The same immune system that fights infection and the flu could offer a way to fight opioid addiction, a new study with rodents shows.
Researchers say specific immune system peptides—amino acid compounds that signal cells how to function—may affect brain activity and, by extension, drug cravings.
“We found we could target these immune peptides and change the cravings that male mice and rats had for food and sugar,” says Erin Calipari at Vanderbilt University and corresponding author of the paper, which appears in the Journal of Neuroscience.
“Now we’re looking at what we need to do before we can take this into human clinical trials. This is exciting because we see how peripheral systems such as the immune system could be influencing cravings.”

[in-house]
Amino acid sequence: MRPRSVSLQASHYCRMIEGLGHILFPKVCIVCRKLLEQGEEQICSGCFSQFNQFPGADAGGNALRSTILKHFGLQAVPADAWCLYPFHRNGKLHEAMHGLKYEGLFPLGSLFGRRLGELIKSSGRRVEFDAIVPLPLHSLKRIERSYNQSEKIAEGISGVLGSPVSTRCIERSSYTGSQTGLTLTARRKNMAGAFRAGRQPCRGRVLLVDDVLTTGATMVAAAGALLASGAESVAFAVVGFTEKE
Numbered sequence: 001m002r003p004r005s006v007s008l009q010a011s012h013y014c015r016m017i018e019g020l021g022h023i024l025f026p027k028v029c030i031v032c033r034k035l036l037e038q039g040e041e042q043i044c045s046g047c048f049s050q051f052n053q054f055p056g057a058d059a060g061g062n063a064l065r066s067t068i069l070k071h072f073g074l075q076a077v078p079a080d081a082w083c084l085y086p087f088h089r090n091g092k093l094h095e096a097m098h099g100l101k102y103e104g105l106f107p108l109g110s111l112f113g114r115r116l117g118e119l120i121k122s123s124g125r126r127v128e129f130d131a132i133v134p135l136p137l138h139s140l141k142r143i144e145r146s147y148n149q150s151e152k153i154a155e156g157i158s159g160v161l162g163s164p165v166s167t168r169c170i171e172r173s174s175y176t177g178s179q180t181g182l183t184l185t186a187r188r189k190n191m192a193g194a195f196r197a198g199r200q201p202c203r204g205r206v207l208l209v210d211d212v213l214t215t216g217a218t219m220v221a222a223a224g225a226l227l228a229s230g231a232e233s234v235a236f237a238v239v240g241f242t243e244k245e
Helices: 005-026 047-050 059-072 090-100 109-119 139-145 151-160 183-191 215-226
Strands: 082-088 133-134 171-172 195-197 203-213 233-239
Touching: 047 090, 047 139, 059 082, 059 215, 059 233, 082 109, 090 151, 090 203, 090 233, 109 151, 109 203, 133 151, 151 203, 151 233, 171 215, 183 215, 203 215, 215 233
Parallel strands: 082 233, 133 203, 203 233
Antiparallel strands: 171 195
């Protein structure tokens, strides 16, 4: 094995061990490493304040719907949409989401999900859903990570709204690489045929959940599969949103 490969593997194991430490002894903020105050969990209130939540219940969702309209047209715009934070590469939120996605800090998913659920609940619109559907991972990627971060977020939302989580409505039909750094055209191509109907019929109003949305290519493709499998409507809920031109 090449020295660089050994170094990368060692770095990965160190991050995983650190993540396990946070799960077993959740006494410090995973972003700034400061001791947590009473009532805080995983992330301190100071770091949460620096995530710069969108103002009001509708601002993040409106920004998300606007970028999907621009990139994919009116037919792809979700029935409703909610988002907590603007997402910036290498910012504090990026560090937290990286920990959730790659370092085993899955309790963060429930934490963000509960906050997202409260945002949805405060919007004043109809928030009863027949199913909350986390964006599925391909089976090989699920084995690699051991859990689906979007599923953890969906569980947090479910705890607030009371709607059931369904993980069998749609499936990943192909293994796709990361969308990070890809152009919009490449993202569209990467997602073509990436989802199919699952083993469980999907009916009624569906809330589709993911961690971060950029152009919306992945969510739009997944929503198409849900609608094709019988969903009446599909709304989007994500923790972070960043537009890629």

Calipari and colleagues aim to see how these systems work and find how to best translate the findings to help human patients.
There’s no single cure for the complicated disease of addiction which, at its core, is a hijacking of the dopamine system that creates a cycle of substance abuse, Calipari warns.
Genetic or external factors heavily influence individual addicts—and Calipari’s lab focuses on neurological interventions that could help cut cravings while patients work on other contributing factors.
“One example is that we’ve found women are particularly vulnerable to addiction,” she says.
“Ultimately, we want to be able to go to various populations and say, ‘These things are predictive of your vulnerability to addiction.’
Then, we want to target systems that could improve their treatment outcomes,” Calipari says.
“We’re not going to find one treatment that fixes everything, but we can, eventually, target different aspects of addiction for individual patients.”
Researchers from the Icahn School of Medicine at Mount Sinai collaborated on the paper.